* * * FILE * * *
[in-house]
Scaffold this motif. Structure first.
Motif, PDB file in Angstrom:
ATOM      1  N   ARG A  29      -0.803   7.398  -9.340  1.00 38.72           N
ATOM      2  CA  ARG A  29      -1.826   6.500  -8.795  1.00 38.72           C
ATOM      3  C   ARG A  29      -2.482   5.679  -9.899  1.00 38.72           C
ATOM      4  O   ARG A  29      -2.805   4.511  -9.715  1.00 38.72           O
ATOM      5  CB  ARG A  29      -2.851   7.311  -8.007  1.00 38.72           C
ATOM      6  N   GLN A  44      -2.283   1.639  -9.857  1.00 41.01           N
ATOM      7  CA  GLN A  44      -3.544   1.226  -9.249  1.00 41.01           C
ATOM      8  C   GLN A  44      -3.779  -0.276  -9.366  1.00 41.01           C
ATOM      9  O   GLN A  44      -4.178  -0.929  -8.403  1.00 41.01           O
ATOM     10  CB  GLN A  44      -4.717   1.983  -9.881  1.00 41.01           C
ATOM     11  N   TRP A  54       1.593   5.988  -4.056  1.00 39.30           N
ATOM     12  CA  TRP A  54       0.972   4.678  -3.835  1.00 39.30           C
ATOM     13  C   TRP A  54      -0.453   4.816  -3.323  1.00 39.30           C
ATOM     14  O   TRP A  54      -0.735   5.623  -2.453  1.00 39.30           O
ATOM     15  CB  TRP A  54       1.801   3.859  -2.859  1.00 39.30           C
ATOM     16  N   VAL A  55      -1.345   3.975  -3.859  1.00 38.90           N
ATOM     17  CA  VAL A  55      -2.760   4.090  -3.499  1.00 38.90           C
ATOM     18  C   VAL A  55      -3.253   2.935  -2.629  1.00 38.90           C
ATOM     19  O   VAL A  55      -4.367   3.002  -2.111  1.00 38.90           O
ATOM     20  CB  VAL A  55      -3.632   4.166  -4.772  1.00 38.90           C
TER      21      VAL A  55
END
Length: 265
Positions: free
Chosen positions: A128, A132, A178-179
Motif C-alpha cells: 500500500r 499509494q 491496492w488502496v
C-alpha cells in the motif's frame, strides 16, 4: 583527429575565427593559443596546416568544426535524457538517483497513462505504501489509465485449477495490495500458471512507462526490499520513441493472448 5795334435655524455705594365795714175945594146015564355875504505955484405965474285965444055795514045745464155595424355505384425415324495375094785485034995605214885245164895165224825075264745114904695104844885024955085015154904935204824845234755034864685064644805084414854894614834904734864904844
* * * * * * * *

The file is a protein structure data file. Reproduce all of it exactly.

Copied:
[in-house]
Scaffold this motif. Structure first.
Motif, PDB file in Angstrom:
ATOM      1  N   ARG A  29      -0.803   7.398  -9.340  1.00 38.72           N
ATOM      2  CA  ARG A  29      -1.826   6.500  -8.795  1.00 38.72           C
ATOM      3  C   ARG A  29      -2.482   5.679  -9.899  1.00 38.72           C
ATOM      4  O   ARG A  29      -2.805   4.511  -9.715  1.00 38.72           O
ATOM      5  CB  ARG A  29      -2.851   7.311  -8.007  1.00 38.72           C
ATOM      6  N   GLN A  44      -2.283   1.639  -9.857  1.00 41.01           N
ATOM      7  CA  GLN A  44      -3.544   1.226  -9.249  1.00 41.01           C
ATOM      8  C   GLN A  44      -3.779  -0.276  -9.366  1.00 41.01           C
ATOM      9  O   GLN A  44      -4.178  -0.929  -8.403  1.00 41.01           O
ATOM     10  CB  GLN A  44      -4.717   1.983  -9.881  1.00 41.01           C
ATOM     11  N   TRP A  54       1.593   5.988  -4.056  1.00 39.30           N
ATOM     12  CA  TRP A  54       0.972   4.678  -3.835  1.00 39.30           C
ATOM     13  C   TRP A  54      -0.453   4.816  -3.323  1.00 39.30           C
ATOM     14  O   TRP A  54      -0.735   5.623  -2.453  1.00 39.30           O
ATOM     15  CB  TRP A  54       1.801   3.859  -2.859  1.00 39.30           C
ATOM     16  N   VAL A  55      -1.345   3.975  -3.859  1.00 38.90           N
ATOM     17  CA  VAL A  55      -2.760   4.090  -3.499  1.00 38.90           C
ATOM     18  C   VAL A  55      -3.253   2.935  -2.629  1.00 38.90           C
ATOM     19  O   VAL A  55      -4.367   3.002  -2.111  1.00 38.90           O
ATOM     20  CB  VAL A  55      -3.632   4.166  -4.772  1.00 38.90           C
TER      21      VAL A  55
END
Length: 265
Positions: free
Chosen positions: A128, A132, A178-179
Motif C-alpha cells: 500500500r 499509494q 491496492w488502496v
C-alpha cells in the motif's frame, strides 16, 4: 583527429575565427593559443596546416568544426535524457538517483497513462505504501489509465485449477495490495500458471512507462526490499520513441493472448 5795334435655524455705594365795714175945594146015564355875504505955484405965474285965444055795514045745464155595424355505384425415324495375094785485034995605214885245164895165224825075264745114904695104844885024955085015154904935204824845234755034864685064644805084414854894614834904734864904844